1. tearingTHEstrands
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    tearingTHEstrands New Member

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    Parallel plot lines?

    Discussion in 'Plot Development' started by tearingTHEstrands, Jul 10, 2010.

    So, I ask you, what would you do if you have a story that takes place over 2,500 years and has three main characters, one of the characters living 2,500 years ago, the other one being born in 1851, and the other one living in modern times?

    Now, the two latter characters are still alive in the present, and I won't waste your time with the fantasy details that that involves, but I want to ask, should I split my novel into three parts, each one dedicated to one of the characters, or should I reveal the character's personal history, but stick to the present day?

    Thanks a bunch.

    I just realized that there is a whole other forum for this sort of thing, but oh well, I guess I'll just have to cope with the intense drama of having my thread moved.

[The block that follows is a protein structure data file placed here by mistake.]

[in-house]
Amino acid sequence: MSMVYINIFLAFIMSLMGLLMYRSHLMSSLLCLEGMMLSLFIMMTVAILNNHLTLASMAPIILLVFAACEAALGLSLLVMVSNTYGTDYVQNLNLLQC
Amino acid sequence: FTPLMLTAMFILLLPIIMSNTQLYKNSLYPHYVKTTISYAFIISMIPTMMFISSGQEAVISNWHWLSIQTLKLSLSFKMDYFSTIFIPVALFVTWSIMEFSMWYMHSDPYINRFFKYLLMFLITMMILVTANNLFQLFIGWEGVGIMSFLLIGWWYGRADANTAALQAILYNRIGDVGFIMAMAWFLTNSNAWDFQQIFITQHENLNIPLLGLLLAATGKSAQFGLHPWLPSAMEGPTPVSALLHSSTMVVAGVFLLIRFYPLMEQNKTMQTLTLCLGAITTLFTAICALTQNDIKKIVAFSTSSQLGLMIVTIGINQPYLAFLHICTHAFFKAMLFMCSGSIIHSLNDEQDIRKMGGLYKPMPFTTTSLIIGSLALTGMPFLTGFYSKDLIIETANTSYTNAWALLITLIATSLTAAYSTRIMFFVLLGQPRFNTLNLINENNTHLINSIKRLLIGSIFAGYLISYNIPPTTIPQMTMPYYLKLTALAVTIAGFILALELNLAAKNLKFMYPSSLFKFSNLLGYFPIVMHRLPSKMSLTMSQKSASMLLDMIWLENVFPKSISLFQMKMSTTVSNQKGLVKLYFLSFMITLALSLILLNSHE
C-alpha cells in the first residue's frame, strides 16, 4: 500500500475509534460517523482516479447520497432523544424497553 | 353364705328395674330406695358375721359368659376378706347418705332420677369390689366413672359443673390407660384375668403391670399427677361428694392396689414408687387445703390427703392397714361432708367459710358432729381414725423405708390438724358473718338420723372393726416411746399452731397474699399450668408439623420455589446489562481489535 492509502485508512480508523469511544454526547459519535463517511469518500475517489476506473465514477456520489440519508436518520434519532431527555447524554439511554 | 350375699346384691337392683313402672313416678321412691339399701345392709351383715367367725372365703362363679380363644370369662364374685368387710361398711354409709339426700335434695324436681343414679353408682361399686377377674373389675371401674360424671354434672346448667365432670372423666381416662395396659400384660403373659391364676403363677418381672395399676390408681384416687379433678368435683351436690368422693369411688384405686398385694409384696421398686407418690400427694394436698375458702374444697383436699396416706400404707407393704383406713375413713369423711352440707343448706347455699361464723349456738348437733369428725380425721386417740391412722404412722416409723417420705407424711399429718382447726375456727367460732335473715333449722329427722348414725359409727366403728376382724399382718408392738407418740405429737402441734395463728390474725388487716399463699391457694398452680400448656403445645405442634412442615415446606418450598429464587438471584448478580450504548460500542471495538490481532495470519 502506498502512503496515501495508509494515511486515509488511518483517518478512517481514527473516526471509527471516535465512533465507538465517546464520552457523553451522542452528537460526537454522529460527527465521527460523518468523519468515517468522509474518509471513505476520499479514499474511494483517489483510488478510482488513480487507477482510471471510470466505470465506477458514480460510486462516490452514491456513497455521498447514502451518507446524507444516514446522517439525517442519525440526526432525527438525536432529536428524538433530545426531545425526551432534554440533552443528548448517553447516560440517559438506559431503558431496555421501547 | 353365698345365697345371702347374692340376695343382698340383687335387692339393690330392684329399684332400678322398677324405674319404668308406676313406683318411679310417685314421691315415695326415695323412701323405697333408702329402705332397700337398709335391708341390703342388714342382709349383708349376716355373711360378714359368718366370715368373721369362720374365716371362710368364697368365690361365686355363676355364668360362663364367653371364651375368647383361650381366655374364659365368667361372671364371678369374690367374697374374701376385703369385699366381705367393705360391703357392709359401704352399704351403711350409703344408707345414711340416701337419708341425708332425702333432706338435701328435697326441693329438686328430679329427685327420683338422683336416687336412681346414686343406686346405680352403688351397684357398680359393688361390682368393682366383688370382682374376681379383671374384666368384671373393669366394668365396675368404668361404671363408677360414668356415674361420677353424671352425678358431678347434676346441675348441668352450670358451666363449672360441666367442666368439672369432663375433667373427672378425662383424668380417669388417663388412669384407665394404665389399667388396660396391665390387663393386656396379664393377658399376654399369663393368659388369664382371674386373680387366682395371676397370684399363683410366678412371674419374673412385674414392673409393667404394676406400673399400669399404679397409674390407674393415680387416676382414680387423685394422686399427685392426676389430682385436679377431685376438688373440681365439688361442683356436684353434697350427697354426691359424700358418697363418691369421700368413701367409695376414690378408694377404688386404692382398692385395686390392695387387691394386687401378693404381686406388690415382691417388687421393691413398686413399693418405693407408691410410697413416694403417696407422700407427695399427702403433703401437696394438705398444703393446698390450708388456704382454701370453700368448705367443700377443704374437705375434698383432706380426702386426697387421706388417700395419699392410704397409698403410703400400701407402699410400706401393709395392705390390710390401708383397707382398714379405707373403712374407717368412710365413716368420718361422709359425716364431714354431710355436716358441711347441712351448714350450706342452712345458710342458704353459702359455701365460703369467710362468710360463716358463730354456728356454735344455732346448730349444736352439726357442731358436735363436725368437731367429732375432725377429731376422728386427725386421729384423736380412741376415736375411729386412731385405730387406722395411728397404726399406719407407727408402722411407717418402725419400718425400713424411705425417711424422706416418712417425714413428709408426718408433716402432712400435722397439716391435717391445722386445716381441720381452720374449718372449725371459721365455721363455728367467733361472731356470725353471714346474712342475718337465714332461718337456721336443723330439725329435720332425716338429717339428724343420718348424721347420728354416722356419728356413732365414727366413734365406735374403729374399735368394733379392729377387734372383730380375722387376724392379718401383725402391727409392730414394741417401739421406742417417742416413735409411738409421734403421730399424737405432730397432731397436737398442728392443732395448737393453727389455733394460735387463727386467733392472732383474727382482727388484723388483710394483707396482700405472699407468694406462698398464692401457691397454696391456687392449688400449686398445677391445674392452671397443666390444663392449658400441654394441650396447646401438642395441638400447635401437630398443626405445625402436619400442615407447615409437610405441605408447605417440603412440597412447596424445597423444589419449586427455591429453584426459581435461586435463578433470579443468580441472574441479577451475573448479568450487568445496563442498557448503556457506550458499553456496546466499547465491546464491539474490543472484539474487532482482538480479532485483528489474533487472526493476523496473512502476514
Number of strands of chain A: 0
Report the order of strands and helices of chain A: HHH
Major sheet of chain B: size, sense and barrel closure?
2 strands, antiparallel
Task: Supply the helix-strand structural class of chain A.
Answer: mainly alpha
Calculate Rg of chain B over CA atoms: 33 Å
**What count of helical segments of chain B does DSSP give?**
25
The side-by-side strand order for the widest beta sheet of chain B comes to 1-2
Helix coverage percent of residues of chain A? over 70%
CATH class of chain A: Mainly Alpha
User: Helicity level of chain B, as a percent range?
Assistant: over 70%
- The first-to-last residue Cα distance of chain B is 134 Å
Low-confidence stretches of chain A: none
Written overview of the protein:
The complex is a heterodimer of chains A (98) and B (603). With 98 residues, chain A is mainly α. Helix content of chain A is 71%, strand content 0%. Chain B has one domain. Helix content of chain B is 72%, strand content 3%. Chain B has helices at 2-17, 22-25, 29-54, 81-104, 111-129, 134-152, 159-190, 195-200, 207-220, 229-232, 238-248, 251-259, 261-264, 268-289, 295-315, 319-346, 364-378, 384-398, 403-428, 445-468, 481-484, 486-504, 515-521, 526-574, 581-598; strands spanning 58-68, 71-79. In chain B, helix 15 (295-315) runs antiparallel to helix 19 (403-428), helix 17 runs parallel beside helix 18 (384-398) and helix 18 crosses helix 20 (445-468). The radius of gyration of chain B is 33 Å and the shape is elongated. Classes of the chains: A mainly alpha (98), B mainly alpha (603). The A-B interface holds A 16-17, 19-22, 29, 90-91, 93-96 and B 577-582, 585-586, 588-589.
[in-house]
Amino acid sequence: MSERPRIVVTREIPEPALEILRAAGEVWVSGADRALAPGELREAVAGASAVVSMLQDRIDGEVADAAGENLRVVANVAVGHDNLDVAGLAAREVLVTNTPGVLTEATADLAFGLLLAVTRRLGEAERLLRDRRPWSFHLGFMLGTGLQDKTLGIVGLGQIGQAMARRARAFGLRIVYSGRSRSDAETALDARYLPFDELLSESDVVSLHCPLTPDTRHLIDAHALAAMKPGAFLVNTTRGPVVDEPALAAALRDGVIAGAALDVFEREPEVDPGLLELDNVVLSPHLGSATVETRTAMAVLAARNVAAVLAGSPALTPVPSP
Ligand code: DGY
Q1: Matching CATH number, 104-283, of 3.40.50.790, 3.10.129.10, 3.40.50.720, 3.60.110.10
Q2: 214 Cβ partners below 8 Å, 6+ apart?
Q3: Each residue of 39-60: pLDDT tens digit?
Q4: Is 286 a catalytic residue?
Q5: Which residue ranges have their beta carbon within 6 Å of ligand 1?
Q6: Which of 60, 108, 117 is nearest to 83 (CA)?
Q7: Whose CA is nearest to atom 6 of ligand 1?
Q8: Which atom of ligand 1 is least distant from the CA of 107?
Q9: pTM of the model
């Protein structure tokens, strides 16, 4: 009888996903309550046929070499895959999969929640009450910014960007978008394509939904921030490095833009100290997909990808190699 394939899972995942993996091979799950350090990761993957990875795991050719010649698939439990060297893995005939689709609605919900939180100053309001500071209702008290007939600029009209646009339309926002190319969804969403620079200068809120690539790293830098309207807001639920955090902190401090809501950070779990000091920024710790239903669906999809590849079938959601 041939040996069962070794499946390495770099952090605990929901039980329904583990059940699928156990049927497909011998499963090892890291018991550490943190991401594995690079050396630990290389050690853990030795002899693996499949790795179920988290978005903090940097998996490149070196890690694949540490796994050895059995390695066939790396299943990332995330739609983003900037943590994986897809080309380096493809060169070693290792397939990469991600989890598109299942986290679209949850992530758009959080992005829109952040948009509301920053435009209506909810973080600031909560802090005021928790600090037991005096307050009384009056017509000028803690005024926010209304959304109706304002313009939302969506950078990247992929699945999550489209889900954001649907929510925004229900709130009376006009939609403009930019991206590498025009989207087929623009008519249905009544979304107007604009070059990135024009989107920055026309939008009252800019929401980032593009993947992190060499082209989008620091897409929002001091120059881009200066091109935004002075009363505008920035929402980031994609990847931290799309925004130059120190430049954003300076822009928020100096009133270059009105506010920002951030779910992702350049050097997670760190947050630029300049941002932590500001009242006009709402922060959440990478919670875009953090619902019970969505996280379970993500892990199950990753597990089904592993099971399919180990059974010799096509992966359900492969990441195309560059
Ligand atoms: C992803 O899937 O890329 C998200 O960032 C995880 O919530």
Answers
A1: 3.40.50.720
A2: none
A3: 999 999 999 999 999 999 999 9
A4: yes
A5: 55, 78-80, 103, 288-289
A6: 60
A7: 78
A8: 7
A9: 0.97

2. EdFromNY
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    EdFromNY Hope to improve with age Supporter Contributor

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    The closest parallel I can think of to this is "A Canticle For Leibowitz". If memory serves, Miller spreads his story over something like 1,500 years by breaking the work into three sections, each section several hundred years later than the previous one and depicting a markedly different stage of societal development than the others.
     
  3. Cogito
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    Cogito Former Mod, Retired Supporter Contributor